Antimicrobial resistance is well-known to be a global health and development threat. Due to the decrease of effective antimicrobials, re-evaluation in clinical practice of old antibiotics, as fosfomycin (FOS), have been necessary. FOS is a phosphonic acid derivate that regained interest in clinical practice for the treatment of complicated infection by multi-drug resistant (MDR) bacteria. Globally, FOS resistant Gram-negative pathogens are raising, affecting the public health, and compromising the use of the antibiotic. In particular, the increased prevalence of FOS resistance (FOSR) profiles among Enterobacterales family is concerning. Decrease in FOS effectiveness can be caused by i) alteration of FOS influx inside bacterial cell or ii) acquiring antimicrobial resistance genes. In this review, we investigate the main components implicated in FOS flow and report specific mutations that affect FOS influx inside bacterial cell and, thus, its effectiveness. FosA enzymes were identified in 1980 from Serratia marcescens but only in recent years the scientific community has started studying their spread. We summarize the global epidemiology of FosA/ C2/L1-2 enzymes among Enterobacterales family. To date, 11 different variants of FosA have been reported globally. Among acquired mechanisms, FosA3 is the most spread variant in Enterobacterales, followed by FosA7 and FosA5. Based on recently published studies, we clarify and represent the molecular and genetic composition of fosA/C2 genes enviroment, analyzing the mechanisms by which such genes are slowly transmitting in emerging and high-risk clones, such as E. coli ST69 and ST131, and K. pneumoniae ST11. FOS is indicated as first line option against uncomplicated urinary tract infections and shows remarkable qualities in combination with other antibiotics. A rapid and accurate identification of FOSR type in Enterobacterales is difficult to achieve due to the lack of commercial phenotypic susceptibility tests and of rapid systems for MIC detection.

Fosfomycin resistance mechanisms in Enterobacterales: an increasing threat

Mattioni Marchetti, Vittoria
Conceptualization
;
Bitar, Ibrahim
2023-01-01

Abstract

Antimicrobial resistance is well-known to be a global health and development threat. Due to the decrease of effective antimicrobials, re-evaluation in clinical practice of old antibiotics, as fosfomycin (FOS), have been necessary. FOS is a phosphonic acid derivate that regained interest in clinical practice for the treatment of complicated infection by multi-drug resistant (MDR) bacteria. Globally, FOS resistant Gram-negative pathogens are raising, affecting the public health, and compromising the use of the antibiotic. In particular, the increased prevalence of FOS resistance (FOSR) profiles among Enterobacterales family is concerning. Decrease in FOS effectiveness can be caused by i) alteration of FOS influx inside bacterial cell or ii) acquiring antimicrobial resistance genes. In this review, we investigate the main components implicated in FOS flow and report specific mutations that affect FOS influx inside bacterial cell and, thus, its effectiveness. FosA enzymes were identified in 1980 from Serratia marcescens but only in recent years the scientific community has started studying their spread. We summarize the global epidemiology of FosA/ C2/L1-2 enzymes among Enterobacterales family. To date, 11 different variants of FosA have been reported globally. Among acquired mechanisms, FosA3 is the most spread variant in Enterobacterales, followed by FosA7 and FosA5. Based on recently published studies, we clarify and represent the molecular and genetic composition of fosA/C2 genes enviroment, analyzing the mechanisms by which such genes are slowly transmitting in emerging and high-risk clones, such as E. coli ST69 and ST131, and K. pneumoniae ST11. FOS is indicated as first line option against uncomplicated urinary tract infections and shows remarkable qualities in combination with other antibiotics. A rapid and accurate identification of FOSR type in Enterobacterales is difficult to achieve due to the lack of commercial phenotypic susceptibility tests and of rapid systems for MIC detection.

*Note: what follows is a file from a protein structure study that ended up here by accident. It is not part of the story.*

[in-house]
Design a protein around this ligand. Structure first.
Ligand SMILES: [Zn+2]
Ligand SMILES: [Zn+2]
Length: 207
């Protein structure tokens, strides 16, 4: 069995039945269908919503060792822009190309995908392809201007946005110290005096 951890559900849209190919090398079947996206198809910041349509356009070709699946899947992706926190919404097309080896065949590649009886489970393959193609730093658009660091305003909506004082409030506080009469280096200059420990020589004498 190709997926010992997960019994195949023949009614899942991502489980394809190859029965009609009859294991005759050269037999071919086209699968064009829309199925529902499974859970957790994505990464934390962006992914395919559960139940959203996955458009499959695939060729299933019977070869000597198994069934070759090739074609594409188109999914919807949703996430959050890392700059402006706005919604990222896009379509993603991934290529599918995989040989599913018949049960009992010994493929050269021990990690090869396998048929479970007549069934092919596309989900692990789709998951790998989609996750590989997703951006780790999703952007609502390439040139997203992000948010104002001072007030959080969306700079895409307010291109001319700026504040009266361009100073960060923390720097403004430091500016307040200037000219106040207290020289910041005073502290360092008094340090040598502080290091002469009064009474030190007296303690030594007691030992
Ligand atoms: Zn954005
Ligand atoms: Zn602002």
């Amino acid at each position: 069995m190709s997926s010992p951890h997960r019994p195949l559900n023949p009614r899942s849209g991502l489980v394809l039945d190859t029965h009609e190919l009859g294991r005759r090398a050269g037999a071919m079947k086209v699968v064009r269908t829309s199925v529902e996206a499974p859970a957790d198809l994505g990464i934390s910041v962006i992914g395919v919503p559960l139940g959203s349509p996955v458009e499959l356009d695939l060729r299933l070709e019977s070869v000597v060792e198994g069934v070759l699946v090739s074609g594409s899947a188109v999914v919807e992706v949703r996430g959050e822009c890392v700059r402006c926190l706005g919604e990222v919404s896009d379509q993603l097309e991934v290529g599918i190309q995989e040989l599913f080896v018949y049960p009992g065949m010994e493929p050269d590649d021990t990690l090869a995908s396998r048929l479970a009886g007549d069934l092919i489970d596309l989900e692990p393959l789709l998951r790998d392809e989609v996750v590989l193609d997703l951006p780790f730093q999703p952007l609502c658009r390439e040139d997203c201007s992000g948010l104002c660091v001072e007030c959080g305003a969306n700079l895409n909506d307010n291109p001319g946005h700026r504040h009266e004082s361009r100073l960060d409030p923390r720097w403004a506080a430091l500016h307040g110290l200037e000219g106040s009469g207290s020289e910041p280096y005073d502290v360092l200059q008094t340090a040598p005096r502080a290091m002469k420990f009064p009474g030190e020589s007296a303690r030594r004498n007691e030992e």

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Utilizza questo identificativo per citare o creare un link a questo documento: https://hdl.handle.net/11571/1482315
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